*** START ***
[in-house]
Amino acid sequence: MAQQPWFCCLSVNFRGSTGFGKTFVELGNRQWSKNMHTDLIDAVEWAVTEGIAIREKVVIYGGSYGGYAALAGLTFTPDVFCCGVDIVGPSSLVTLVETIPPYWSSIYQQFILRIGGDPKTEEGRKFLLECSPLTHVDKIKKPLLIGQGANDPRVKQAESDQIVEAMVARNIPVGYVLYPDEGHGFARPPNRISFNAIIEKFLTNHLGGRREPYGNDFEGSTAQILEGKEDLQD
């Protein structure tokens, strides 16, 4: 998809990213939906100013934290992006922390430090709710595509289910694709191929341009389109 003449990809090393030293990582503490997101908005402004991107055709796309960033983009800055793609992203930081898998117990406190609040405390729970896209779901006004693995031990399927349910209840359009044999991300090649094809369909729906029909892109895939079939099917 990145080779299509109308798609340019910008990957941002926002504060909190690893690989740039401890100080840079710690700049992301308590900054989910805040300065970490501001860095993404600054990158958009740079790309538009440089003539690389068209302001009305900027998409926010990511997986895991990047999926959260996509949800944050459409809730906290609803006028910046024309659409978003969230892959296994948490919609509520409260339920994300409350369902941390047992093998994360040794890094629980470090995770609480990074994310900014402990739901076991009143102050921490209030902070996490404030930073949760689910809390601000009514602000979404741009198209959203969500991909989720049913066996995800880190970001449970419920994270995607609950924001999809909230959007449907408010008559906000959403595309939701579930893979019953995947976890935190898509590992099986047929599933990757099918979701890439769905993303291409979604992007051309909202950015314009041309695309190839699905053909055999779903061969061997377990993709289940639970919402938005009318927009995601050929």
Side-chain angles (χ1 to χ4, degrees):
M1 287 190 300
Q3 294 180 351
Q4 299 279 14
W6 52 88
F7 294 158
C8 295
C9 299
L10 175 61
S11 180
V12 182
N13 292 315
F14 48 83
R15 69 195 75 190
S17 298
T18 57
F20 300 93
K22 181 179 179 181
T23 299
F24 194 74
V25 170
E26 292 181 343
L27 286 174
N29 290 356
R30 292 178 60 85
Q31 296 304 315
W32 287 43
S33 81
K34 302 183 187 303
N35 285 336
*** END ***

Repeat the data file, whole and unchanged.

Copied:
[in-house]
Amino acid sequence: MAQQPWFCCLSVNFRGSTGFGKTFVELGNRQWSKNMHTDLIDAVEWAVTEGIAIREKVVIYGGSYGGYAALAGLTFTPDVFCCGVDIVGPSSLVTLVETIPPYWSSIYQQFILRIGGDPKTEEGRKFLLECSPLTHVDKIKKPLLIGQGANDPRVKQAESDQIVEAMVARNIPVGYVLYPDEGHGFARPPNRISFNAIIEKFLTNHLGGRREPYGNDFEGSTAQILEGKEDLQD
């Protein structure tokens, strides 16, 4: 998809990213939906100013934290992006922390430090709710595509289910694709191929341009389109 003449990809090393030293990582503490997101908005402004991107055709796309960033983009800055793609992203930081898998117990406190609040405390729970896209779901006004693995031990399927349910209840359009044999991300090649094809369909729906029909892109895939079939099917 990145080779299509109308798609340019910008990957941002926002504060909190690893690989740039401890100080840079710690700049992301308590900054989910805040300065970490501001860095993404600054990158958009740079790309538009440089003539690389068209302001009305900027998409926010990511997986895991990047999926959260996509949800944050459409809730906290609803006028910046024309659409978003969230892959296994948490919609509520409260339920994300409350369902941390047992093998994360040794890094629980470090995770609480990074994310900014402990739901076991009143102050921490209030902070996490404030930073949760689910809390601000009514602000979404741009198209959203969500991909989720049913066996995800880190970001449970419920994270995607609950924001999809909230959007449907408010008559906000959403595309939701579930893979019953995947976890935190898509590992099986047929599933990757099918979701890439769905993303291409979604992007051309909202950015314009041309695309190839699905053909055999779903061969061997377990993709289940639970919402938005009318927009995601050929």
Side-chain angles (χ1 to χ4, degrees):
M1 287 190 300
Q3 294 180 351
Q4 299 279 14
W6 52 88
F7 294 158
C8 295
C9 299
L10 175 61
S11 180
V12 182
N13 292 315
F14 48 83
R15 69 195 75 190
S17 298
T18 57
F20 300 93
K22 181 179 179 181
T23 299
F24 194 74
V25 170
E26 292 181 343
L27 286 174
N29 290 356
R30 292 178 60 85
Q31 296 304 315
W32 287 43
S33 81
K34 302 183 187 303
N35 285 336